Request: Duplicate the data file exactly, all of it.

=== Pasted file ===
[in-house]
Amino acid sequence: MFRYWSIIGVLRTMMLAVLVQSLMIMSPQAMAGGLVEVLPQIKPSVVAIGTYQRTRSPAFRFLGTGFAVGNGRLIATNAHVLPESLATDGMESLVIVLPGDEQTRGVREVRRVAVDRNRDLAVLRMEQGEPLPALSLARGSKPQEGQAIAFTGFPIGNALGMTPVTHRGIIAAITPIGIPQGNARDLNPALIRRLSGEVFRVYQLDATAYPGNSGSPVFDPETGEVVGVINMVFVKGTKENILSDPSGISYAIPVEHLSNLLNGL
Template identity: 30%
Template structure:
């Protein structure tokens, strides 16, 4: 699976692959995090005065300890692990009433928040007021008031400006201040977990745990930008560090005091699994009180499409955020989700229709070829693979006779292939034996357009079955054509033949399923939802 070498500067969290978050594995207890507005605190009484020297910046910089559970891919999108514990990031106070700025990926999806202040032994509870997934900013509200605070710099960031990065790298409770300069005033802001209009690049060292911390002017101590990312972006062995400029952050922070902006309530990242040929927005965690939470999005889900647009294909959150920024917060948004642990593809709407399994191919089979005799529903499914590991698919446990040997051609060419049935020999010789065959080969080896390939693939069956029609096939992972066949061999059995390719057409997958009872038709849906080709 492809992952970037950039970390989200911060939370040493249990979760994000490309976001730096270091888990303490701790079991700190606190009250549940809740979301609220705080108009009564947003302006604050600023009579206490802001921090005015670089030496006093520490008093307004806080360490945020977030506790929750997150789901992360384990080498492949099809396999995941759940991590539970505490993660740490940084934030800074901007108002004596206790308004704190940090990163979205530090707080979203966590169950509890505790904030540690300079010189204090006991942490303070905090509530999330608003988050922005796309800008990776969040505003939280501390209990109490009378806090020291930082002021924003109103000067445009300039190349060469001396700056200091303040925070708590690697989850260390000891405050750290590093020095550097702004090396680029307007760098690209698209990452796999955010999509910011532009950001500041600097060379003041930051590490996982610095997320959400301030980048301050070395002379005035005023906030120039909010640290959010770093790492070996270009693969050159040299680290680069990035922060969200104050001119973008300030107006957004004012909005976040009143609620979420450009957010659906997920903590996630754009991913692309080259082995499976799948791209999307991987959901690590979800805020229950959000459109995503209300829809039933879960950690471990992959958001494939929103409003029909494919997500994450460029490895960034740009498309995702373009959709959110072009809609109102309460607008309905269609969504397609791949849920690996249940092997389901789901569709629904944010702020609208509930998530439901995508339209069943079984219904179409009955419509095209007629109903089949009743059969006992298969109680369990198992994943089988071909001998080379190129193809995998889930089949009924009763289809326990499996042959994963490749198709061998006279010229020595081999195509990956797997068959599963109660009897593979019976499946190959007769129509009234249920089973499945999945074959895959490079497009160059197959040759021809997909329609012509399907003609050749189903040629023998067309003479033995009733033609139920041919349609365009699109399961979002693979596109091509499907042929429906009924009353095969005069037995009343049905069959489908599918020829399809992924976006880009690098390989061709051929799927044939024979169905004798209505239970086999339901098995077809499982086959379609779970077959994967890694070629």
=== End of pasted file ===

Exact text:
[in-house]
Amino acid sequence: MFRYWSIIGVLRTMMLAVLVQSLMIMSPQAMAGGLVEVLPQIKPSVVAIGTYQRTRSPAFRFLGTGFAVGNGRLIATNAHVLPESLATDGMESLVIVLPGDEQTRGVREVRRVAVDRNRDLAVLRMEQGEPLPALSLARGSKPQEGQAIAFTGFPIGNALGMTPVTHRGIIAAITPIGIPQGNARDLNPALIRRLSGEVFRVYQLDATAYPGNSGSPVFDPETGEVVGVINMVFVKGTKENILSDPSGISYAIPVEHLSNLLNGL
Template identity: 30%
Template structure:
């Protein structure tokens, strides 16, 4: 699976692959995090005065300890692990009433928040007021008031400006201040977990745990930008560090005091699994009180499409955020989700229709070829693979006779292939034996357009079955054509033949399923939802 070498500067969290978050594995207890507005605190009484020297910046910089559970891919999108514990990031106070700025990926999806202040032994509870997934900013509200605070710099960031990065790298409770300069005033802001209009690049060292911390002017101590990312972006062995400029952050922070902006309530990242040929927005965690939470999005889900647009294909959150920024917060948004642990593809709407399994191919089979005799529903499914590991698919446990040997051609060419049935020999010789065959080969080896390939693939069956029609096939992972066949061999059995390719057409997958009872038709849906080709 492809992952970037950039970390989200911060939370040493249990979760994000490309976001730096270091888990303490701790079991700190606190009250549940809740979301609220705080108009009564947003302006604050600023009579206490802001921090005015670089030496006093520490008093307004806080360490945020977030506790929750997150789901992360384990080498492949099809396999995941759940991590539970505490993660740490940084934030800074901007108002004596206790308004704190940090990163979205530090707080979203966590169950509890505790904030540690300079010189204090006991942490303070905090509530999330608003988050922005796309800008990776969040505003939280501390209990109490009378806090020291930082002021924003109103000067445009300039190349060469001396700056200091303040925070708590690697989850260390000891405050750290590093020095550097702004090396680029307007760098690209698209990452796999955010999509910011532009950001500041600097060379003041930051590490996982610095997320959400301030980048301050070395002379005035005023906030120039909010640290959010770093790492070996270009693969050159040299680290680069990035922060969200104050001119973008300030107006957004004012909005976040009143609620979420450009957010659906997920903590996630754009991913692309080259082995499976799948791209999307991987959901690590979800805020229950959000459109995503209300829809039933879960950690471990992959958001494939929103409003029909494919997500994450460029490895960034740009498309995702373009959709959110072009809609109102309460607008309905269609969504397609791949849920690996249940092997389901789901569709629904944010702020609208509930998530439901995508339209069943079984219904179409009955419509095209007629109903089949009743059969006992298969109680369990198992994943089988071909001998080379190129193809995998889930089949009924009763289809326990499996042959994963490749198709061998006279010229020595081999195509990956797997068959599963109660009897593979019976499946190959007769129509009234249920089973499945999945074959895959490079497009160059197959040759021809997909329609012509399907003609050749189903040629023998067309003479033995009733033609139920041919349609365009699109399961979002693979596109091509499907042929429906009924009353095969005069037995009343049905069959489908599918020829399809992924976006880009690098390989061709051929799927044939024979169905004798209505239970086999339901098995077809499982086959379609779970077959994967890694070629």